The maritime industry must shift towards renewable marine fuels in order to ultimately phase out emissions entirely before the end of this century. C-Job sees hydrogen-based renewable fuels as the best solution to reduce greenhouse gas emissions in the maritime industry. Research into hydrogen-based renewables first started in 2016 when C-Job identified ammonia as one of the high potential fuels. Since then, we have also explored renewable fuels such as methanol via the Green Maritime Methanol consortium.

C-Job currently believes the future holds a combination of the following fuels:

  • Batteries
  • Hydrogen (H2)
  • Ammonia (NH3)
  • Methanol (CH3OH)
  • And more

For each of these, we are currently researching the possibilities and applications possible in the maritime industry. Additionally, to support the energy transition, C-Job feels that methods to support fuel savings such as wind-assisted propulsion in combination with a performance prediction program for Flettner rotors can be of great interest to the maritime industry.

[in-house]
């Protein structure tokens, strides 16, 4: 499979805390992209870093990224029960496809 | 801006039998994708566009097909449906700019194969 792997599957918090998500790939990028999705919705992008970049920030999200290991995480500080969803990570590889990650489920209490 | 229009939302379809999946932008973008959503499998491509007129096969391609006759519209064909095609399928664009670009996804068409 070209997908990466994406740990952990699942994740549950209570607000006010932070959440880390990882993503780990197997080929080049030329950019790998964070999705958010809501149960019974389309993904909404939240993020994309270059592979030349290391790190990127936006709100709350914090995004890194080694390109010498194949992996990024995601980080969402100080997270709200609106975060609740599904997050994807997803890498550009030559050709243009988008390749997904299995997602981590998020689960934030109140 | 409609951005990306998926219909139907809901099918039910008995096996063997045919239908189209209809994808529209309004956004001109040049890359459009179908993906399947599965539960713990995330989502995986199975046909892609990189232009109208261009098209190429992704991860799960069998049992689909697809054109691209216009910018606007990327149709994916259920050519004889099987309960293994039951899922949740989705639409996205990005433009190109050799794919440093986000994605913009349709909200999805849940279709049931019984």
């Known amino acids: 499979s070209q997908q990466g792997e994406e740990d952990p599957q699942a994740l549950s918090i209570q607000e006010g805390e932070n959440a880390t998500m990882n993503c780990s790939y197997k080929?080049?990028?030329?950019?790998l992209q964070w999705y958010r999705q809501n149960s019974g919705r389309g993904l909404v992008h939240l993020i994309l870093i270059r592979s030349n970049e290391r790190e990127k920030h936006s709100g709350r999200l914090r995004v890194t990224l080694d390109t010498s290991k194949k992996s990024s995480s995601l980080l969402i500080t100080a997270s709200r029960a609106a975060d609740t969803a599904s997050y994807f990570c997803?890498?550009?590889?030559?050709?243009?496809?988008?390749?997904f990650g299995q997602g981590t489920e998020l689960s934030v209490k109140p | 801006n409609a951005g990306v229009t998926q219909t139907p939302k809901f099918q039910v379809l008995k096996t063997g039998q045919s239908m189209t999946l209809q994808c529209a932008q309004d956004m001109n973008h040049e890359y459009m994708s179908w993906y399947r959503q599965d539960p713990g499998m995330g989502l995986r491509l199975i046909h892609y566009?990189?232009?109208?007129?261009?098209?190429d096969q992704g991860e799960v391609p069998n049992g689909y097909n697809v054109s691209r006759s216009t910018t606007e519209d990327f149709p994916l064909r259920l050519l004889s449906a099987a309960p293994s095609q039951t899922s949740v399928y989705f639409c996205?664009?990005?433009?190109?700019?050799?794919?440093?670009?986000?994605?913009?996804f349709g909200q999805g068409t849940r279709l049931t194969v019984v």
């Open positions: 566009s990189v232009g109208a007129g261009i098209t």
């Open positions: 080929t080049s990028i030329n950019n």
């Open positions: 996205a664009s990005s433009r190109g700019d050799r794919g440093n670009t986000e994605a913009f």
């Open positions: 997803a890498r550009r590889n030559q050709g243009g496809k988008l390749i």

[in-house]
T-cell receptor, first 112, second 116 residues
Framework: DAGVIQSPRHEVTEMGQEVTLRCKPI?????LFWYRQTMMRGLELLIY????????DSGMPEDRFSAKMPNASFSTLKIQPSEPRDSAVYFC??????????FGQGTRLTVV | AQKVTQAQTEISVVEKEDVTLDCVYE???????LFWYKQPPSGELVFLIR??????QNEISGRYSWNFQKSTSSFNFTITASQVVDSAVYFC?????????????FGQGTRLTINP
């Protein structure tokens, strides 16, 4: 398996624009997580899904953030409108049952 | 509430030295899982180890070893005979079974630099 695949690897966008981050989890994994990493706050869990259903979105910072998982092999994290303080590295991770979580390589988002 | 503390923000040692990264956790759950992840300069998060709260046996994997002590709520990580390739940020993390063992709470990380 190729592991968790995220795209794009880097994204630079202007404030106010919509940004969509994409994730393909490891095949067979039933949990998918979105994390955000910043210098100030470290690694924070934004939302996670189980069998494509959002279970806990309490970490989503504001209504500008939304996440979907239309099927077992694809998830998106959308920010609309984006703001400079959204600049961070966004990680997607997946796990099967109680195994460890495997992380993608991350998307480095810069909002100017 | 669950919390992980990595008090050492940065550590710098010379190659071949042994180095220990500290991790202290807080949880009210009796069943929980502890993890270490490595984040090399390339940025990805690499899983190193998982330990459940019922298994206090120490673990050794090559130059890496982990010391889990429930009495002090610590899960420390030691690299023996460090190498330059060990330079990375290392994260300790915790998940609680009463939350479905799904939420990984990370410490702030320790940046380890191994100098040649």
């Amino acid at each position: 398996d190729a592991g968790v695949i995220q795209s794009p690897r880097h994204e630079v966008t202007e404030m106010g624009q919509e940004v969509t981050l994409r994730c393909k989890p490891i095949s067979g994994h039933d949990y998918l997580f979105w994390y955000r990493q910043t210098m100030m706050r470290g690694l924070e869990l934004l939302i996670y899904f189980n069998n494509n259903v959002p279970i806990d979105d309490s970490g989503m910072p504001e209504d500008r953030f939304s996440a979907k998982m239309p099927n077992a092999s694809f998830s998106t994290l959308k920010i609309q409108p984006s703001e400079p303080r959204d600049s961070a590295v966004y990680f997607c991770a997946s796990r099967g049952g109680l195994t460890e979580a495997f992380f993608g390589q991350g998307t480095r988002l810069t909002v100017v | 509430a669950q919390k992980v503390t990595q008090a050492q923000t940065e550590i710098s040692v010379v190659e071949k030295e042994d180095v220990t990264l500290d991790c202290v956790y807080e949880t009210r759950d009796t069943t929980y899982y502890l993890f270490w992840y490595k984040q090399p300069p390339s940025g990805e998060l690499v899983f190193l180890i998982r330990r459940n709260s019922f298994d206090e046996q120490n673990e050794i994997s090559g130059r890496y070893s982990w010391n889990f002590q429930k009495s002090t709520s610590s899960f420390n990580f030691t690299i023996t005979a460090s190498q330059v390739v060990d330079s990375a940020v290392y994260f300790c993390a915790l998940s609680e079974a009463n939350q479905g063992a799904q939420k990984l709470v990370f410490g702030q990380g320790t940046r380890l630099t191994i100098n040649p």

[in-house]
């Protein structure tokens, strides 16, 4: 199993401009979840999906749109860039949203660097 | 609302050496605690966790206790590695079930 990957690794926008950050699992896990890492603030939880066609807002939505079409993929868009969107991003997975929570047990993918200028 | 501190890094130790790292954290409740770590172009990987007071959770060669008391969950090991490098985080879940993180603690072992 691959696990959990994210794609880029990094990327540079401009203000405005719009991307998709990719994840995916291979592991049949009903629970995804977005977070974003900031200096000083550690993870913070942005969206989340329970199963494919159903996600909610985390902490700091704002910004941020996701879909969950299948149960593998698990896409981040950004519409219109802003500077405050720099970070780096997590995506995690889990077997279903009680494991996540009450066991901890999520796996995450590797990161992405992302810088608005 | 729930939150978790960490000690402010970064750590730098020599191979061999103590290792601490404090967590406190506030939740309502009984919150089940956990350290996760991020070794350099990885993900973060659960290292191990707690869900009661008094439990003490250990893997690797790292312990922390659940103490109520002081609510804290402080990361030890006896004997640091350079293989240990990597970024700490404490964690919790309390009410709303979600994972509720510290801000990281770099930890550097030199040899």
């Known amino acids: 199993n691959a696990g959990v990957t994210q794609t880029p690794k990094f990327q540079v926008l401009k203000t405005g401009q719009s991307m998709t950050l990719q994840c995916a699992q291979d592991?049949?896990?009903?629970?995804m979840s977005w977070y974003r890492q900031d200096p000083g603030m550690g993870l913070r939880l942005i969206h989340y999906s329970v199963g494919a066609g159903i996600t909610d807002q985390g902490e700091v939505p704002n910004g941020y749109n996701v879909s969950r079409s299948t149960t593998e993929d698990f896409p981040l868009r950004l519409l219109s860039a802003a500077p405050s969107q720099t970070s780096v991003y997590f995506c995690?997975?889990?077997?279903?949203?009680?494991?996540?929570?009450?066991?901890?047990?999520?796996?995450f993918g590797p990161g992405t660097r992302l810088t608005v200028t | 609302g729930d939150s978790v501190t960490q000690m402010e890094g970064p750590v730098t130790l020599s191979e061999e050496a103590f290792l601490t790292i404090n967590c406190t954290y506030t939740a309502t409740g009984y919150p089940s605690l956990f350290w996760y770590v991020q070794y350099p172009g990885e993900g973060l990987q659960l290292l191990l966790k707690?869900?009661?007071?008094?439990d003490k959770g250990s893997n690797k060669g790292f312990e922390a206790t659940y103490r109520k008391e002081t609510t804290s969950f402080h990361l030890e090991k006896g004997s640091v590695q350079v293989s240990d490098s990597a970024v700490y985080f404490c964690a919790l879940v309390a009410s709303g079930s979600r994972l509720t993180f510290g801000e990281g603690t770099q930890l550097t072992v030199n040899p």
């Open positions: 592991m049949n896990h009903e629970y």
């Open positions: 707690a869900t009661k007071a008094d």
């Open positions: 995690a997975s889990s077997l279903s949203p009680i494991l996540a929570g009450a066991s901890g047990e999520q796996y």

“As every type of ship has a different operational profile, there is no one-size-fits-all in terms of carbon-free/neutral fuel. C-Job has the essential knowledge, thanks to our R&D investments, to support ship owners in the decision-making process to make their fleet more sustainable. This does not only regard analyzing and selecting the correct means of energy storage, such as batteries, hydrogen, ammonia, and methanol. It is also applying the respective solution in an optimal way and include means of energy-saving.”
- Niels de Vries, Lead Naval Architect
Niels de Vries Lead Naval Architect Hoofddorp black and white
“If you have one Flettner Rotor operating in moderate winds from a favorable direction, you can already achieve a sizable 25% fuel reduction. Of course, it is important to look at the bigger picture. Conditions are not always favorable, which leads to lower savings in average wind conditions.”
- Robin Berendschot, Junior Naval Architect
Robin Berendschot Junior Naval Architect Rotterdam black and white